Apparently many or most of the people of color attending also followed Tolonda out of the main event space. People of color, who — I suspect — didn’t feel safe or supported or heard by their white siblings and kindred in the “welcoming” movement.
But I didn’t notice any of that.
I didn’t notice them leave. I’d been one of the white people in the crowd clapping for Tolonda. We gave them a standing ovation — in appreciation of their courage… I think.
Or perhaps because we’d been well trained that you clap after seeing a good stage performance. I was more comfortable to react as if it were a performance. So much easier to applaud and *do* something than it would be to sit in the emotional tension and confusion of what had just happened.
It would have been harder to sit in the dissonance and the conflict. The conflict between our own self-understandings as good white liberal church activists and this young adult’s bold assertion of a deep racial divide between and among us.
So, after we clapped, I found my seat, finished the orange juice I’d carried in from breakfast, tried to let go of the discomfort, and directed my attention to the worship leader and the singing of songs.
I wanted to get back to that familiar village where I knew my way around — where I could feel comfortable again.
We sang nice multicultural songs with Hawaiian or Native American words. I can’t remember which anymore, but I knew that it felt good to be back in familiar “diversity” territory and able to breath again — leaving the wilderness of tension and conflict behind.
I certainly didn’t consciously think to myself “Oh good. The people of color have left. Now I can relax and enjoy what I came here for.” But that is what happened.
It was not my intention to disregard or patronize or minimize this fellow young person’s sharing and the experience they were offering for our consideration. But that is what happened.
Later in the day, I listened in the dialogue time that Tolonda invited us to. As a relatively small group of us, listened to each other share their experience of the conference so far, I learned that many if not most of the people of color had left the room after that early morning moment.
Some had spent quite some time in confrontation in the outer hallway, with the white folks who were arguing with their experience – while I was back in the conference hall singing multicultural hymns and feeling comfortable again.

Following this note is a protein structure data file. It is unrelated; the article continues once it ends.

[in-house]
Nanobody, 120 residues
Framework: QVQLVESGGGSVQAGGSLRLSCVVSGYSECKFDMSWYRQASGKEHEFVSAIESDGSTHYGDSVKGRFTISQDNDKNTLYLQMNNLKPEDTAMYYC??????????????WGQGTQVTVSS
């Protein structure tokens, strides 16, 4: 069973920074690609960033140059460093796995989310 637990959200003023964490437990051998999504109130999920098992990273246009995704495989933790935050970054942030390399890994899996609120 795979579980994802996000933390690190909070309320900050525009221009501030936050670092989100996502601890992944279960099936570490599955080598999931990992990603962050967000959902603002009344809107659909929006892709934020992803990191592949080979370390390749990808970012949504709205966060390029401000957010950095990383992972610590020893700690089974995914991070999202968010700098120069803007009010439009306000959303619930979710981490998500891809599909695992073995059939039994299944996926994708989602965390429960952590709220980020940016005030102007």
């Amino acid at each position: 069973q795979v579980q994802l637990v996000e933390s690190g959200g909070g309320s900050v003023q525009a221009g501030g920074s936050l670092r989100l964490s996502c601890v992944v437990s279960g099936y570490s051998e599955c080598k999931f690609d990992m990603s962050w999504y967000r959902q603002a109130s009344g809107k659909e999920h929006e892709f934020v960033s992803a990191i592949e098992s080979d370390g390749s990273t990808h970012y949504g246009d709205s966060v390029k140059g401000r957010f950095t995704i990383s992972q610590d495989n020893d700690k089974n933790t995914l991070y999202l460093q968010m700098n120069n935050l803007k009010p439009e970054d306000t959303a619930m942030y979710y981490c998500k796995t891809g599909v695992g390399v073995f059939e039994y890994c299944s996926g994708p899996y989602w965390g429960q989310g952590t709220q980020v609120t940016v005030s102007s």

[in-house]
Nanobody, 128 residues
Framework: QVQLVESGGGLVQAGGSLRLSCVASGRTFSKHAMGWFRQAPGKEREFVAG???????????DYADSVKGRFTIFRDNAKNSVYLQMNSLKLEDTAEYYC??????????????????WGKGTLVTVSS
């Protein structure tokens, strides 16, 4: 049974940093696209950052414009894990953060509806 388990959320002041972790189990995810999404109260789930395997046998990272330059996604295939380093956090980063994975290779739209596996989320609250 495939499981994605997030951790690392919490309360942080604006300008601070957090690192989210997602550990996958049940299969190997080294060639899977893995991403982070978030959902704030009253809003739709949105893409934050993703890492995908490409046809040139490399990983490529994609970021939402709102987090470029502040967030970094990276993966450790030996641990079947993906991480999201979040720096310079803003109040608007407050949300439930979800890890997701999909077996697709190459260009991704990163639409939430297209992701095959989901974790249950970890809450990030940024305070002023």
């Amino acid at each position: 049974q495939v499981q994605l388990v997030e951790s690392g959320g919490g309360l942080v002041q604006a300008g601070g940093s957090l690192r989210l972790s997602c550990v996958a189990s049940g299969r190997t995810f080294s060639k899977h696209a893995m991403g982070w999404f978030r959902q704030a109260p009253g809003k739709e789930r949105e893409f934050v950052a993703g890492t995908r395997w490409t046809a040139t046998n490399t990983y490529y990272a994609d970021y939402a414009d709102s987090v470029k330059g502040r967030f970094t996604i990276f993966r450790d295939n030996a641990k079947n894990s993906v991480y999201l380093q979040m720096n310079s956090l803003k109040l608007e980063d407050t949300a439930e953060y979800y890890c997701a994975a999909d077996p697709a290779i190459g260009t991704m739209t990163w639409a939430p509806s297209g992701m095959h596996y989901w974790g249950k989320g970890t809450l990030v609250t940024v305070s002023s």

And maybe some others went out and got coffee someplace where they could talk freely, without white arguments, white defenses, and white deflections. Probably while I was sitting in a plenary session nodding my head that, yes, we must fight not only against heterosexism, but also against racism and other forms of oppression.
And maybe some went to their rooms to cry – or scream – or to pack their bags to leave for home. Because I think that’s what I might have wanted to do in their place.
I don’t actually know what they did while I sank back into the oblivion of my white privilege. And I don’t deserve to know.
What changed me was realizing that I didn’t notice.
I couldn’t see it. Wouldn’t see it. Somehow, I’d learned not to see it. And the little bit that I did notice, I sat through in silence.
It was not only a public silence, but a private silence, as I tried not to think about it, tried not to feel about it, tried to somehow put it behind me.
An emotionally charged disconnect over race had occurred and been publicly acknowledged. The acknowledgement of that experience had been resisted, invalidated, patronized, and essentially sent from the room. And I hardly noticed. Even though it was right there in front of me.
Suddenly I was like the blind man in that opening scripture who, in the midst of a healing opportunity, could see the people moving… like trees… but couldn’t make out the details.
I was too confused to fully recognize what was happening and find my way through in a thoughtful and conscious way.